Obama on NAFTA

One thing I like about Obama is that he does appear, far most than most politicians, to consider both sides of issues. Of course he is a politician and gets dragged into the usual games politicians play. Unfortunately a non-politician would not make it to the level he has and we are forced to look for politicians, like Obama, who at least understand the problems in our current political system and attempt to address the issues honestly.

In the heat of campaigns, especially partisan primaries, politicians are often drawn to more extreme positions. It is refreshing to see a politician such as Obama who simply admits this. Many liberals who are philosophically sympathetic to free trade, but also see the problems with NAFTA, are conflicted on the issue. This is not an issue where the answer is black or white. Obama shows his thought on the issue in an interview with Fortune:

In an interview with Fortune to be featured in the magazine’s upcoming issue, the presumptive Democratic nominee backed off his harshest attacks on the free trade agreement and indicated he didn’t want to unilaterally reopen negotiations on NAFTA.

“Sometimes during campaigns the rhetoric gets overheated and amplified,” he conceded, after I reminded him that he had called NAFTA “devastating” and “a big mistake,” despite nonpartisan studies concluding that the trade zone has had a mild, positive effect on the U.S. economy.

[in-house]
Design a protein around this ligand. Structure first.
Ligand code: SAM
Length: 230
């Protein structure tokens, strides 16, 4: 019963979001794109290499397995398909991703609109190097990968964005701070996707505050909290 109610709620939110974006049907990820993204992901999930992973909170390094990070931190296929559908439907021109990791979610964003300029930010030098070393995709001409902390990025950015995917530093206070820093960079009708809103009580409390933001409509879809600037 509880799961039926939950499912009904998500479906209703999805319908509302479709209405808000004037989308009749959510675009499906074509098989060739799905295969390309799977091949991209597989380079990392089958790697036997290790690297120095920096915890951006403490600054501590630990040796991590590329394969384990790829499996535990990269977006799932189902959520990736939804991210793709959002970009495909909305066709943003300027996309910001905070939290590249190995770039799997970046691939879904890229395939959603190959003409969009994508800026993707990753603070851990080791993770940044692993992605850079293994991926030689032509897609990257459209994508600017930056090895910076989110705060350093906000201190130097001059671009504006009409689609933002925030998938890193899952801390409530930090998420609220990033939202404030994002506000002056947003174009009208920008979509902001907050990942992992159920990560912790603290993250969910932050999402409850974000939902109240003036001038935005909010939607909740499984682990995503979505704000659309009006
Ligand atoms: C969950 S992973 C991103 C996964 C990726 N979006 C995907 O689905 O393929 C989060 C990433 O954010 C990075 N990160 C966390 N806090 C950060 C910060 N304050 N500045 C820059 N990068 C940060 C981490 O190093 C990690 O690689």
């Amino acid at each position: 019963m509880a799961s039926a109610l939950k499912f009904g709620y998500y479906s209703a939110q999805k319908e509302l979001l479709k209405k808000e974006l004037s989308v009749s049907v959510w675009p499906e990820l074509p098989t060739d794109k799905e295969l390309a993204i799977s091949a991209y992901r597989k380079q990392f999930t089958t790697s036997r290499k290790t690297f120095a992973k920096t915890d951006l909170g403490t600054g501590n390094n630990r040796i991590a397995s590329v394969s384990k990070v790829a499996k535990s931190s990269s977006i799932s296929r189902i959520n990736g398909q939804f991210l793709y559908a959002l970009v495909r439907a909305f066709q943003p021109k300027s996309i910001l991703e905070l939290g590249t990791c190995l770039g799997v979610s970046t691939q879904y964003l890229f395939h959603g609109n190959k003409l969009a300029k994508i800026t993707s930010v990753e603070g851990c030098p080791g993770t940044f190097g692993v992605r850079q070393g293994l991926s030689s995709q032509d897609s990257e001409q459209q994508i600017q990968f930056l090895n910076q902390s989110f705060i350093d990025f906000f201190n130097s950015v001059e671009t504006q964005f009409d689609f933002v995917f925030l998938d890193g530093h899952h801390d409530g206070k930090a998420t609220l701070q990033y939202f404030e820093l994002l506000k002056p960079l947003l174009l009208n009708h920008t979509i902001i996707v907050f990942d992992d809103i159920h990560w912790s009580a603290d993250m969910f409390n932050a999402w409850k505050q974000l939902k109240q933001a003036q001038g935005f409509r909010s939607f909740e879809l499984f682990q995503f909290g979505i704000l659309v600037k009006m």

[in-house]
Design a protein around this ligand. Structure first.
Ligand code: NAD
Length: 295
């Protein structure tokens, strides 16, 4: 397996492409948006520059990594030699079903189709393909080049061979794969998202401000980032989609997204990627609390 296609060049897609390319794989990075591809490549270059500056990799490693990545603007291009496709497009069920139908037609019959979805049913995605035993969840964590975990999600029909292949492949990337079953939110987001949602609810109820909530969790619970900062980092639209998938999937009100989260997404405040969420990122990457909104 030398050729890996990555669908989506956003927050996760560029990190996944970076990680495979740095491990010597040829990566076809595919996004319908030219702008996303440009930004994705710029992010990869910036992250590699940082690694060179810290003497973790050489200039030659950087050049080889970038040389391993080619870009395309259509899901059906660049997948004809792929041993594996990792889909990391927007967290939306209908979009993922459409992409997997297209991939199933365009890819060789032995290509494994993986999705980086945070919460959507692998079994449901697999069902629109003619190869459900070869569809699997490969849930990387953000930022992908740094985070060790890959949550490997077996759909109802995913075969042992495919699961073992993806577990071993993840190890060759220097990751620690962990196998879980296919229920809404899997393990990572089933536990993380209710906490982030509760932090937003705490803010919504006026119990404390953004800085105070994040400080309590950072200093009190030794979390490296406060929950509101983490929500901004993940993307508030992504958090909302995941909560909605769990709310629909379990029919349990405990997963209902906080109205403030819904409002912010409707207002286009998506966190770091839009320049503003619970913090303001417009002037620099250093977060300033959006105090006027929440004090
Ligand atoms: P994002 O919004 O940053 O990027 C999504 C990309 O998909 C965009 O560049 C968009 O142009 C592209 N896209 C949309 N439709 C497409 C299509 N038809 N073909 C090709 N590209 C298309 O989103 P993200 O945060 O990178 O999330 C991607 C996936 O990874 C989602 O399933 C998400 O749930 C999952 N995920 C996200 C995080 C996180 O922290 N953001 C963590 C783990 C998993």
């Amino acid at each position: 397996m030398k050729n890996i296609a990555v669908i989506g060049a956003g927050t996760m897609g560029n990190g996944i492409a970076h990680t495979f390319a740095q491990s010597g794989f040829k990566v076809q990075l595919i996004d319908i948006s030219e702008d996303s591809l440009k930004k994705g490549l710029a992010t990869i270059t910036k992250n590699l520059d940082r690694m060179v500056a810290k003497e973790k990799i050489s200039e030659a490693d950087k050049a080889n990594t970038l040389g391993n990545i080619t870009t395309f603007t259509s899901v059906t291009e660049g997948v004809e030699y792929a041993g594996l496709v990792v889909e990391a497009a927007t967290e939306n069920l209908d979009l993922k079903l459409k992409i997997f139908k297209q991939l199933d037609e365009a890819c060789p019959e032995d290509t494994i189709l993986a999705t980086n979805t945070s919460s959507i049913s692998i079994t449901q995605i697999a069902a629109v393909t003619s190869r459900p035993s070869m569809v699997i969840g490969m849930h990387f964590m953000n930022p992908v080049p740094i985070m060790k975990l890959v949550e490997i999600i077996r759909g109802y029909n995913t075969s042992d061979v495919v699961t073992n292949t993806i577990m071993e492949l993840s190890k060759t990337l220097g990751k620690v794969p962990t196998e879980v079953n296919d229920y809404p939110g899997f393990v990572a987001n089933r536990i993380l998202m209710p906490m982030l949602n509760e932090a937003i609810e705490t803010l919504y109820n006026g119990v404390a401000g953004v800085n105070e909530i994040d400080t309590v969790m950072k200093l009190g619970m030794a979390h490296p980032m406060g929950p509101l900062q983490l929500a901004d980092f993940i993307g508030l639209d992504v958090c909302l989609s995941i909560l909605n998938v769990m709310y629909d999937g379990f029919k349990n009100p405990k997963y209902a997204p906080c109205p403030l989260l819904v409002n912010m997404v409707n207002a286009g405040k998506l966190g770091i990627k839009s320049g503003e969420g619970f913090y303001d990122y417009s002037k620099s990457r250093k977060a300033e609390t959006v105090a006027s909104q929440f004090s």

Does that mean his rhetoric was overheated and amplified? “Politicians are always guilty of that, and I don’t exempt myself,” he answered.

Obama says he believes in “opening up a dialogue” with trading partners Canada and Mexico “and figuring to how we can make this work for all people.”

Obama spokesman Bill Burton said that Obama-as the candidate noted in Fortune’s interview-has not changed his core position on NAFTA, and that he has always said he would talk to the leaders of Canada and Mexico in an effort to include enforceable labor and environmental standards in the pact.

This is not a flip-flop or a 360 degree change in views as some Republicans are twisting this. It is an honest reaction to a complex issue which does not lend itself well to debate in a partisan political campaign. Besides, if we are to remain obsessed with flip-flops, Steve Benen has compiled quite a lengthy list from McCain.

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